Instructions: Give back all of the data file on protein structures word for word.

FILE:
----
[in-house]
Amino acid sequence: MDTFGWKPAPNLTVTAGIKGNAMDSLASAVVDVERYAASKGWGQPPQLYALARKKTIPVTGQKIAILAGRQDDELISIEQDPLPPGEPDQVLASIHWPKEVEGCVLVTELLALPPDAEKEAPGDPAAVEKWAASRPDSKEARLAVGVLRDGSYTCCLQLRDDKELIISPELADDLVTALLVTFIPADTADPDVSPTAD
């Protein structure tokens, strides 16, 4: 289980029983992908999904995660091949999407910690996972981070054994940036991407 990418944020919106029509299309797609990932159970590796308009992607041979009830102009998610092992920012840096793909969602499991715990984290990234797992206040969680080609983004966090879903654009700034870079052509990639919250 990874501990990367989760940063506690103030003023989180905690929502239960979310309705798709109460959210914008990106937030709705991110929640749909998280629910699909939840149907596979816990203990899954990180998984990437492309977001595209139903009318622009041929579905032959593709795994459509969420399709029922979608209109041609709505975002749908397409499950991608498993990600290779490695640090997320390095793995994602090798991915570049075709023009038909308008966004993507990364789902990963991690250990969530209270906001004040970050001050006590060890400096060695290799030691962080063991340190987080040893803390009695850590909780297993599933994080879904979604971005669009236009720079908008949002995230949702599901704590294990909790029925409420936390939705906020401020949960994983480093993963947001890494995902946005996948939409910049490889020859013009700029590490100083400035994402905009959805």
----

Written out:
[in-house]
Amino acid sequence: MDTFGWKPAPNLTVTAGIKGNAMDSLASAVVDVERYAASKGWGQPPQLYALARKKTIPVTGQKIAILAGRQDDELISIEQDPLPPGEPDQVLASIHWPKEVEGCVLVTELLALPPDAEKEAPGDPAAVEKWAASRPDSKEARLAVGVLRDGSYTCCLQLRDDKELIISPELADDLVTALLVTFIPADTADPDVSPTAD
């Protein structure tokens, strides 16, 4: 289980029983992908999904995660091949999407910690996972981070054994940036991407 990418944020919106029509299309797609990932159970590796308009992607041979009830102009998610092992920012840096793909969602499991715990984290990234797992206040969680080609983004966090879903654009700034870079052509990639919250 990874501990990367989760940063506690103030003023989180905690929502239960979310309705798709109460959210914008990106937030709705991110929640749909998280629910699909939840149907596979816990203990899954990180998984990437492309977001595209139903009318622009041929579905032959593709795994459509969420399709029922979608209109041609709505975002749908397409499950991608498993990600290779490695640090997320390095793995994602090798991915570049075709023009038909308008966004993507990364789902990963991690250990969530209270906001004040970050001050006590060890400096060695290799030691962080063991340190987080040893803390009695850590909780297993599933994080879904979604971005669009236009720079908008949002995230949702599901704590294990909790029925409420936390939705906020401020949960994983480093993963947001890494995902946005996948939409910049490889020859013009700029590490100083400035994402905009959805």